The rule of law died today. (Or maybe yesterday.)
So declared an official from the conservative Heartland Institute, not to be outdone by the somewhat less definitive but equally gloomy pronouncement from the Ayn Rand Center for Individual Rights, headlined: “American Freedom Strangled.”
There was bound to be a gnashing of teeth and an overuse of death metaphors no matter what the Supreme Court decided on the Affordable Care Act. Liberals and Democrats were spared the hand-wringing only because a slim majority of justices — including Bush-appointed Chief Justice John G. Roberts Jr. — upheld the Obama administration’s signature health-care program.
But a vital truth has been lost in the Twitter- and cable-fueled frenzy for immediate reactions and instant analysis. And it’s this: The country has experienced its share of presumably earth-shattering decisions before without catastrophic consequences.
Take, for instance, the court’s 1996 decision in Romer v. Evans. No one — as far as we know — has filed for, or much less obtained, a license to marry their pet goat, a prediction made by a Colorado Springs pastor after the justices struck down a Colorado law that discriminated against gays and lesbians. No human-goat nuptials after the justices invalidated a Texas law that criminalized gay sex, either.
The high court’s 1967 decision in Loving v. Virginia has not paved the way for an onslaught of grotesque genetic mutations in biracial babies. The justices in that case repudiated a Virginia law that banned interracial marriages, even though the state claimed it was a legitimate means to prevent “physiological and psychological evils.” (One Virginia sheriff at the time compared the marriage of Richard and Mildred Loving — he white and she black — to a union of different species of birds, bound to lead to abnormalities in the offspring.)
And the District, despite dire predictions from often left-leaning gun-control advocates, continues to experience relatively low homicide rates even though its strict gun laws were invalidated by the Supreme Court four years ago after finding that the Constitution recognized an individual right to keep and bear arms.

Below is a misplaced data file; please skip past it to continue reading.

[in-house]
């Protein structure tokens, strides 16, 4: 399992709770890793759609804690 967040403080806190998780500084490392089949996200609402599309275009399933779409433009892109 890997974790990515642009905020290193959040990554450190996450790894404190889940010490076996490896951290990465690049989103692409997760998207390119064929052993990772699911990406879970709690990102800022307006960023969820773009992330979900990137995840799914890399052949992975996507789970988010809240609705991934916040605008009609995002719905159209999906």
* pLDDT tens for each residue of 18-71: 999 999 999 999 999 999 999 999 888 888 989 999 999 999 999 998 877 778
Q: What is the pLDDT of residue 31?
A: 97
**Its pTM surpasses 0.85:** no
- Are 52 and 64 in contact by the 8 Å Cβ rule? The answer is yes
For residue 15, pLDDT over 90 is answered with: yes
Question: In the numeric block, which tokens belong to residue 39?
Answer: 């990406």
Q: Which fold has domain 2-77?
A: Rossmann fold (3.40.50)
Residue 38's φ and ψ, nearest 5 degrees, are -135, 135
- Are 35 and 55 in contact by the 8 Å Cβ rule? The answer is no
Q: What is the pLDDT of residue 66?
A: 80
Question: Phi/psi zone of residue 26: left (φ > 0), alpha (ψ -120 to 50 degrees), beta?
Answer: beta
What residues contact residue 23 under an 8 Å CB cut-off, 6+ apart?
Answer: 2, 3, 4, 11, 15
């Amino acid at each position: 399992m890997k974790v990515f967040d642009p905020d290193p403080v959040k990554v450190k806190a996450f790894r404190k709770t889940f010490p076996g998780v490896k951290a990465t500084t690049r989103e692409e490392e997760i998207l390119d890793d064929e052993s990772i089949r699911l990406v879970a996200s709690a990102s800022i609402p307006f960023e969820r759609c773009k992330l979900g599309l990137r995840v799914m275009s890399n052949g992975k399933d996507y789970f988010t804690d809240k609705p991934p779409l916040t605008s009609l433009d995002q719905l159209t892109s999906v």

There have, of course, been decisions that continue to fuel discontent. Roe v. Wade, the 1973 decision that recognized a woman’s right to privacy, is perhaps the seminal example of our age. Abortion continues to be a political and social lightning rod, and many lament what they believe is the loss of innocent life whenever such a procedure is performed. Still, the republic stands, the body politic continues to function (as it were) and the dialogue continues.
More often, the American public comes to accept — even embrace — decisions that were once derided by some as monumental and even dangerous shifts in the social or political tectonic plates that undergird the country. Think: 1954’s Brown v. Board of Education, which rejected the segregationist notion that separate but equal school facilities for black children were acceptable. Think: 1963’s Gideon v. Wainwright, which guaranteed indigent criminal defendants the right to counsel, and 1966’s Miranda v. Arizona, which gave rise to the much-quoted “You have the right to remain silent” — a pair of decisions that were criticized in some quarters as pandering to criminals. And think: 1974’s United States v. Nixon, which essentially proclaimed that no man, not even the president, is above the law, to the dismay of those of who saw the ruling as an erosion of the legitimate powers of the chief executive.
These cases were all based on interpretations of the Constitution that cannot be undone by Congress. But the Supreme Court’s decision in the health-care case leaves room for Congress to revise or annihilate the program. It’s a possibility not lost on House Speaker John A. Boehner (R-Ohio). “Today’s ruling underscores the urgency of repealing this harmful law in its entirety.”
The republic stands. And the dialogue continues.